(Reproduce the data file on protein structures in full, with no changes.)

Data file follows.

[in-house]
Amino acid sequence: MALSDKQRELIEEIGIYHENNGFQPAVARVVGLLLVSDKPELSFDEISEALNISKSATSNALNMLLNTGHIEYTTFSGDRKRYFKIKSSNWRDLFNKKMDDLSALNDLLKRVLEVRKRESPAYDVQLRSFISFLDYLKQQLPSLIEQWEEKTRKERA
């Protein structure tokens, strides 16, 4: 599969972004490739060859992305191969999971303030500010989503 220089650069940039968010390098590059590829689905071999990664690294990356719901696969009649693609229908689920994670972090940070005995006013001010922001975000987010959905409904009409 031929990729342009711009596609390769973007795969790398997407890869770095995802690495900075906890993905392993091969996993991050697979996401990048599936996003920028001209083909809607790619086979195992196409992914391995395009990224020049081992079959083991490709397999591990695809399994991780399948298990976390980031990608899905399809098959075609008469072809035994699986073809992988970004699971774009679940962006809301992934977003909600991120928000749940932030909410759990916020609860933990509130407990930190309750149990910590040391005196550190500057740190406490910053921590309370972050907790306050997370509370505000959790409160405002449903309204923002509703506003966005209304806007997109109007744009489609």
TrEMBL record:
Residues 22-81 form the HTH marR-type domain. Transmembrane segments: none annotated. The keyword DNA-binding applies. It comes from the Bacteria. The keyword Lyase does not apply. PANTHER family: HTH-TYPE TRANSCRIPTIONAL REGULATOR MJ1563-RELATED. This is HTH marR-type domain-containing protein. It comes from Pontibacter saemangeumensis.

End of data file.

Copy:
[in-house]
Amino acid sequence: MALSDKQRELIEEIGIYHENNGFQPAVARVVGLLLVSDKPELSFDEISEALNISKSATSNALNMLLNTGHIEYTTFSGDRKRYFKIKSSNWRDLFNKKMDDLSALNDLLKRVLEVRKRESPAYDVQLRSFISFLDYLKQQLPSLIEQWEEKTRKERA
């Protein structure tokens, strides 16, 4: 599969972004490739060859992305191969999971303030500010989503 220089650069940039968010390098590059590829689905071999990664690294990356719901696969009649693609229908689920994670972090940070005995006013001010922001975000987010959905409904009409 031929990729342009711009596609390769973007795969790398997407890869770095995802690495900075906890993905392993091969996993991050697979996401990048599936996003920028001209083909809607790619086979195992196409992914391995395009990224020049081992079959083991490709397999591990695809399994991780399948298990976390980031990608899905399809098959075609008469072809035994699986073809992988970004699971774009679940962006809301992934977003909600991120928000749940932030909410759990916020609860933990509130407990930190309750149990910590040391005196550190500057740190406490910053921590309370972050907790306050997370509370505000959790409160405002449903309204923002509703506003966005209304806007997109109007744009489609």
TrEMBL record:
Residues 22-81 form the HTH marR-type domain. Transmembrane segments: none annotated. The keyword DNA-binding applies. It comes from the Bacteria. The keyword Lyase does not apply. PANTHER family: HTH-TYPE TRANSCRIPTIONAL REGULATOR MJ1563-RELATED. This is HTH marR-type domain-containing protein. It comes from Pontibacter saemangeumensis.